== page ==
On the other hand, the model of nonviolent communication devised by Marshall B. Rosenberg makes it possible to deal with each other in a way that the flow of communication leads to more trust and joy in life. Therefore, it’s not only helpful in everyday life, but also in personal and professional conflict resolution.
CoachHub: What is your personal coaching trademark? What particularly distinguishes your coaching?
I attach great importance to clear and honest communication, both as a coach and in my private life. I am particularly convinced of the effectiveness of nonviolent Communication, which is why I passionately try to integrate it into my everyday life in the best possible way.
According to Rosenberg’s model, empathy is a basic prerequisite for successful communication. Since I have experience in organizational development and people management, but have also experienced many changes myself (such as moving to different countries, learning new languages and cultures, working in a wide variety of industries and company sizes from start-ups to the creative scene), I am very good at empathizing with my coachees and listening empathically. Also, my coachees can look forward to not only an open ear, but also to my Austrian sense of humor. 😉
CoachHub: What is your personal coaching approach?
I aim to inspire and motivate people with energy and appreciation. In doing so, I see it as my mission to help create a supportive work environment that enables both a fulfilling professional and personal life. My greatest strengths lie in empathic listening as well as solution-oriented and networked thinking. I recognize structures and manage to inspire people to lead a fulfilling life professionally and privately. As a passionate networker, it helps me to build and deepen contacts and trust.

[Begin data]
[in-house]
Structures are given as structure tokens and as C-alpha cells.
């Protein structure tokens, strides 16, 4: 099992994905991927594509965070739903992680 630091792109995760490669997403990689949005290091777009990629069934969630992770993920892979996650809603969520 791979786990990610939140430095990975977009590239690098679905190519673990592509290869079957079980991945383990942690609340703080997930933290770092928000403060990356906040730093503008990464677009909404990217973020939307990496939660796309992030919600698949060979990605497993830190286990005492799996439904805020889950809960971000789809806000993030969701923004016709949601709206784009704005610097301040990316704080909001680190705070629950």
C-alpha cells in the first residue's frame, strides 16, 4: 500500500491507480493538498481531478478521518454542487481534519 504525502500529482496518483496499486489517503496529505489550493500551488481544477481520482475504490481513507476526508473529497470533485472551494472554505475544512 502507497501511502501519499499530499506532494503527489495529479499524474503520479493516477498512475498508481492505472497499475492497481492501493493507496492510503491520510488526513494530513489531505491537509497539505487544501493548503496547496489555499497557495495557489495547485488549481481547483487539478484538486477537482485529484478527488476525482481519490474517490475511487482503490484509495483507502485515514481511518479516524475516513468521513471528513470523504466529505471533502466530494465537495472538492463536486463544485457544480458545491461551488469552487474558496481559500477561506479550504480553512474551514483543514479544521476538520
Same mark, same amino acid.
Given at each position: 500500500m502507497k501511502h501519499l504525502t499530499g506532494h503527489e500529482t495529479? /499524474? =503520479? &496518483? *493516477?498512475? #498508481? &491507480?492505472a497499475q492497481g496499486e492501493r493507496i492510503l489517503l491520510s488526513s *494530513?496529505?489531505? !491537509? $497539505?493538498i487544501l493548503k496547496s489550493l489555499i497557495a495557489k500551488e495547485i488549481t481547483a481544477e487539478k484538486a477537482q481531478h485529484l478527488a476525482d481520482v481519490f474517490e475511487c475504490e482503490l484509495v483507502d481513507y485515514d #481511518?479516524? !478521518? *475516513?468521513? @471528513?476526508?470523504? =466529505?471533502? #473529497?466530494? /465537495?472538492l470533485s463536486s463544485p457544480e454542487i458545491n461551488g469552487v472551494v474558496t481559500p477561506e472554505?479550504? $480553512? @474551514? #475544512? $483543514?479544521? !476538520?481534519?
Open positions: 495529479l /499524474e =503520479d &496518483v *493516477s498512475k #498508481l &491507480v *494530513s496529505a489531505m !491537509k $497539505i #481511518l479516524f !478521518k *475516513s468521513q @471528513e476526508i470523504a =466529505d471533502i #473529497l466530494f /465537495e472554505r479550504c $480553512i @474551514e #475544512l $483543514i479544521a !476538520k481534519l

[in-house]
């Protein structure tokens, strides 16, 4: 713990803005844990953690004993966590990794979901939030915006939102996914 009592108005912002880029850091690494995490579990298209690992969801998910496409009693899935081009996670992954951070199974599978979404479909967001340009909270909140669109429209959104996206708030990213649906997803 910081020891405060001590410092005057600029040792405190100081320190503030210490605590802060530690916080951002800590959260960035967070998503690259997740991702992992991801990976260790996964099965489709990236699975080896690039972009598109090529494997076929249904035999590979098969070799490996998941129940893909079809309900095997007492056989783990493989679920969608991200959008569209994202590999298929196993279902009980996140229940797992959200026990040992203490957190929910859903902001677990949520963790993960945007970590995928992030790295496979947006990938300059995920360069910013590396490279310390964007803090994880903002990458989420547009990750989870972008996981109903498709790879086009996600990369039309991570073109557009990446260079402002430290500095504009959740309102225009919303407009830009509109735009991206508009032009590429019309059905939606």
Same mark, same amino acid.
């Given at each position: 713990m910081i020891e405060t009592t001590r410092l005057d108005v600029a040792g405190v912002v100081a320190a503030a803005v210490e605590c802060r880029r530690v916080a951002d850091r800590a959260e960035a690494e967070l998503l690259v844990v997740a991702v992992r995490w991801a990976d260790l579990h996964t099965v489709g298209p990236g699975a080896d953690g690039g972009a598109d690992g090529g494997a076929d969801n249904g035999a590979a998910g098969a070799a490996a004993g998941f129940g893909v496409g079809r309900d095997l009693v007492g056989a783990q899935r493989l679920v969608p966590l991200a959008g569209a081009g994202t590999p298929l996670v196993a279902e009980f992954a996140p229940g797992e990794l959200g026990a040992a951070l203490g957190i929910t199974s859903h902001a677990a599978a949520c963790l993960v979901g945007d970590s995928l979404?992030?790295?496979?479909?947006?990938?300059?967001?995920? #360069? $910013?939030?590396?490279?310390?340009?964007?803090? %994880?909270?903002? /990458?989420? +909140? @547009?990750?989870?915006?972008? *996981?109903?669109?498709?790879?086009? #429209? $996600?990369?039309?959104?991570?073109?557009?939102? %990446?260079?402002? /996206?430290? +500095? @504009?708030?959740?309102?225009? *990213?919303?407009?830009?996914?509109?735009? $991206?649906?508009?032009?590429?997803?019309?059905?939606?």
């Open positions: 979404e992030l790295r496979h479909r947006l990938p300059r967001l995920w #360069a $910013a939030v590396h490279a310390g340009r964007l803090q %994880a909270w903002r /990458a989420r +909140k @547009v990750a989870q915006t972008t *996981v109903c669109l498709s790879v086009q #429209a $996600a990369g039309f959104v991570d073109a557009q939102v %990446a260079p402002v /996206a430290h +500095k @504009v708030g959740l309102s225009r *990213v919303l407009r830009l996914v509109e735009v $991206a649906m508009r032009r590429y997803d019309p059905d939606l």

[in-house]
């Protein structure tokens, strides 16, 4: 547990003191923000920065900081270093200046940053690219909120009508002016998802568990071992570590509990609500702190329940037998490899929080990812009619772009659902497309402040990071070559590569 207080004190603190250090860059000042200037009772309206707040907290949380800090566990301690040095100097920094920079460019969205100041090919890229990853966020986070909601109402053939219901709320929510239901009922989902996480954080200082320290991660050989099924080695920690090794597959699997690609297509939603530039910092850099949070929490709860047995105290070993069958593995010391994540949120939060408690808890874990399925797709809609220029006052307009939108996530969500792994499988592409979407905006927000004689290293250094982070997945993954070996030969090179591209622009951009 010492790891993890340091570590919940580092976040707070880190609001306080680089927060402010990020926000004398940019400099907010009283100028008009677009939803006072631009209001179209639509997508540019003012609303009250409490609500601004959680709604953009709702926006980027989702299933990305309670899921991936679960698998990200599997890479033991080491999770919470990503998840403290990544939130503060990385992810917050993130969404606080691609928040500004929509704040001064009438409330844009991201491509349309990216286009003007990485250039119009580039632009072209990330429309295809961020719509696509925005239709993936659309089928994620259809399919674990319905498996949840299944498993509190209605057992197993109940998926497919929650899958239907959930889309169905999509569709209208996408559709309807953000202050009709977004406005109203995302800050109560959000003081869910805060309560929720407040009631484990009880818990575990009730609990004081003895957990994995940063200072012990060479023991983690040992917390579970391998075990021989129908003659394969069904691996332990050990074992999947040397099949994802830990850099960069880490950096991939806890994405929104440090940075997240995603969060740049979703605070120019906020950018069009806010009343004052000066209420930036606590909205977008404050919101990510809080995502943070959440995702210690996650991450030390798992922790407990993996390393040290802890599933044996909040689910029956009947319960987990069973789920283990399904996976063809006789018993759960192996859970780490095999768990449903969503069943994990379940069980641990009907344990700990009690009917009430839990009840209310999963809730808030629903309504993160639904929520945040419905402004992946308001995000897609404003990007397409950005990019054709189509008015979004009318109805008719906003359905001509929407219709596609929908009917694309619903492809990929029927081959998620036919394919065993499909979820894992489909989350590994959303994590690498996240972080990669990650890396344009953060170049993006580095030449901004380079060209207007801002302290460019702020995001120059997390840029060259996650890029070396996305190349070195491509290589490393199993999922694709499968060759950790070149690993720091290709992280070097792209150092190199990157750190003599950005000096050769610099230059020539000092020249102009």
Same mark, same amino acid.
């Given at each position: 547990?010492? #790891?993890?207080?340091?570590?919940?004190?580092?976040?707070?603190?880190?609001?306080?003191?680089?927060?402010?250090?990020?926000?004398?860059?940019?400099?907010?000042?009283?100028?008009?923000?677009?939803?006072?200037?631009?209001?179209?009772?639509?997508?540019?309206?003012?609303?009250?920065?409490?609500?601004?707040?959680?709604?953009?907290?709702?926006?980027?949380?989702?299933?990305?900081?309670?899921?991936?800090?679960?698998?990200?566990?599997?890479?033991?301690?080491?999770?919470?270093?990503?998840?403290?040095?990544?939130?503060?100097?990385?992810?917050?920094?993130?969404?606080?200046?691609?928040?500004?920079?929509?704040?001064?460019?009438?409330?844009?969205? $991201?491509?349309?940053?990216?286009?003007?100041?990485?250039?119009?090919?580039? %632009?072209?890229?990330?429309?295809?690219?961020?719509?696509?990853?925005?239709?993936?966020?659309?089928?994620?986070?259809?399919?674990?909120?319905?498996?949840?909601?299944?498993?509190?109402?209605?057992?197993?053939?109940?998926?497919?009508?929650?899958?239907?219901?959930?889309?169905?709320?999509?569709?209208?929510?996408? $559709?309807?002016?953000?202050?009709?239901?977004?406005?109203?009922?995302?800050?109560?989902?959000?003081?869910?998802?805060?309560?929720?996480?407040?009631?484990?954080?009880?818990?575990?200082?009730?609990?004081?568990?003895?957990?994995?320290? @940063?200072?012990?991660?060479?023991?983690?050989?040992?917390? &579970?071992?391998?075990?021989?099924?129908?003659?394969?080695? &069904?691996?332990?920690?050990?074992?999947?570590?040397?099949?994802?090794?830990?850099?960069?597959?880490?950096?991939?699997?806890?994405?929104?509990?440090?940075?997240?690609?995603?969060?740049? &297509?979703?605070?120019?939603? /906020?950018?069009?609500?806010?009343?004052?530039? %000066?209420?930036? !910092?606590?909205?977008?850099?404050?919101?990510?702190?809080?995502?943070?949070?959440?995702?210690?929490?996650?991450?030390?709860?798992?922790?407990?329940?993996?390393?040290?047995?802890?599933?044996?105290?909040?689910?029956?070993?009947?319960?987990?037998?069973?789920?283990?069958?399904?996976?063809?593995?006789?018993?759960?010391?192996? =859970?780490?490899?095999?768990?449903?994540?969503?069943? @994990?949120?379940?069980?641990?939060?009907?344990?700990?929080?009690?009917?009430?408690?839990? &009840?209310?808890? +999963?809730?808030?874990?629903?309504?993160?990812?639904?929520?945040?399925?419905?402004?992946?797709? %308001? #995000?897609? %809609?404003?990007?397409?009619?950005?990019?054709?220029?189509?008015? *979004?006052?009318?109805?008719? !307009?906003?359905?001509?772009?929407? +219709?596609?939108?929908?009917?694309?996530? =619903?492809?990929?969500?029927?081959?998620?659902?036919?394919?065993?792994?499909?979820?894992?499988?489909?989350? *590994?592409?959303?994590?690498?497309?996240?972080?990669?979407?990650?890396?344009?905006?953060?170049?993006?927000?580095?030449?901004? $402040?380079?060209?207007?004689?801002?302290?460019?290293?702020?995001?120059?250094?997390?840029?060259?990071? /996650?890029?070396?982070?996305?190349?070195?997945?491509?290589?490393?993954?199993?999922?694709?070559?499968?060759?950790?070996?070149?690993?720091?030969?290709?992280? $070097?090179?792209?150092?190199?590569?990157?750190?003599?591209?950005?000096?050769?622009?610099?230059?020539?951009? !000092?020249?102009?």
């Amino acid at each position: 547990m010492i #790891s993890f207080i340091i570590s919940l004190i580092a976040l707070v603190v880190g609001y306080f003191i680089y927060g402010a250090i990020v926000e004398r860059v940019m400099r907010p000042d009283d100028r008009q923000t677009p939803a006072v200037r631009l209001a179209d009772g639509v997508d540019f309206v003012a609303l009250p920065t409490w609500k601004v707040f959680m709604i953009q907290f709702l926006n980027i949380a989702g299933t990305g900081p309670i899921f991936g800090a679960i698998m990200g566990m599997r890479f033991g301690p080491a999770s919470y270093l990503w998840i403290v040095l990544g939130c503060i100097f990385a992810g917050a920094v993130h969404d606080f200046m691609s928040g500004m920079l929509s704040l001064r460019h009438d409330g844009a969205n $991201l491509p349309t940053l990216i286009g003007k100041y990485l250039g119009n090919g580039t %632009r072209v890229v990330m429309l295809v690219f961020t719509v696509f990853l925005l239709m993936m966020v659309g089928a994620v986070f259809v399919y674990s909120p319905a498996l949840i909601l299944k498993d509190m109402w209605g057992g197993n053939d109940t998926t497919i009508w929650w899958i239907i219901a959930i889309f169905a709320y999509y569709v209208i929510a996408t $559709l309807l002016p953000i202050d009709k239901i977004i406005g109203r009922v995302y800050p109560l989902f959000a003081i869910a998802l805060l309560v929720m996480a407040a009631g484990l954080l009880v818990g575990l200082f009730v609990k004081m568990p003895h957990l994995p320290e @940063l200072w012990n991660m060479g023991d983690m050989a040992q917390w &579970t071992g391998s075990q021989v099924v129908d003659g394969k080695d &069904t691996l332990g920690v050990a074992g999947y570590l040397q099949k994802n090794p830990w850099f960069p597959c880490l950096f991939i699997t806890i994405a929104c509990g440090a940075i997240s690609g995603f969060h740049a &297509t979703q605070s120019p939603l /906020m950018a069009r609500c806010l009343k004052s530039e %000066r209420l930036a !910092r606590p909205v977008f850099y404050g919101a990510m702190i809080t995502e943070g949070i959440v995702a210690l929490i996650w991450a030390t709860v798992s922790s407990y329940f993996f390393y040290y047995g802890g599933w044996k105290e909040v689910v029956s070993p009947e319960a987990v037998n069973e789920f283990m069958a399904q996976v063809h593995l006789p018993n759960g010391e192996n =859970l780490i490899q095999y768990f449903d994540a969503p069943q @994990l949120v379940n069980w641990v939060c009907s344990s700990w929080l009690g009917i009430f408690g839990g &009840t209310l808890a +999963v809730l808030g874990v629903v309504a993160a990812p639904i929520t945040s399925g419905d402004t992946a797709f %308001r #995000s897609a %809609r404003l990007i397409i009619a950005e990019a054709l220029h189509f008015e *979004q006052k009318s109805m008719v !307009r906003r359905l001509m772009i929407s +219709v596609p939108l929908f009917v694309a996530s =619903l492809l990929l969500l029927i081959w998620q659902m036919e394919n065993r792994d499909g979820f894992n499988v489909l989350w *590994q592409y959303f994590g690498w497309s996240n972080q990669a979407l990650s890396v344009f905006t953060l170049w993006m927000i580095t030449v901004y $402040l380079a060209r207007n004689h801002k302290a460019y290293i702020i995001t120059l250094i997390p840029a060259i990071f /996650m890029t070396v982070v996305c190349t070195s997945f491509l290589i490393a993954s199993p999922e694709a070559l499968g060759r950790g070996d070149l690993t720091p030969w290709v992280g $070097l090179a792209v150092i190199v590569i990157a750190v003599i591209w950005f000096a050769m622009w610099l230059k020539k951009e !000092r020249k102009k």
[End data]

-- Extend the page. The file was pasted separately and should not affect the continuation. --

CoachHub: What is a good exercise from your coaching that you also use frequently in your everyday life?
It’s important to pause and celebrate successes everyday. It’s not just about the big, obvious things, but also about small successes. The best way to do this is to thank yourself in a warm and appreciative manner for your success. By consciously pausing and giving thanks, we can leave the hamster wheel and become more mindful and allow ourselves to take a breath. Thus, the things we take for granted become something special and we can regain more energy. This is a very important exercise, especially in today’s very fast-paced life.
CoachHub: What do you think makes a good coach?
I don’t know if there’s such a thing as a good coach, but there is a suitable one. Of course, it is important that the right coach also knows the ups and downs of the coachee and works continuously on his or her development. Coaches should have core competencies that include open communication, empathy, curiosity, creativity and systemic thinking. By mastering these skills, the coach has a professional attitude and can support the coachee to go his or her own way.
CoachHub: What do you think are the essential skills for being a good leader today?
Managers usually want self-organized and motivated employees. To achieve this, the environment should be based on trust. Leaders need to learn to let go and hand over responsibilities so their employees can try new things and take responsibility.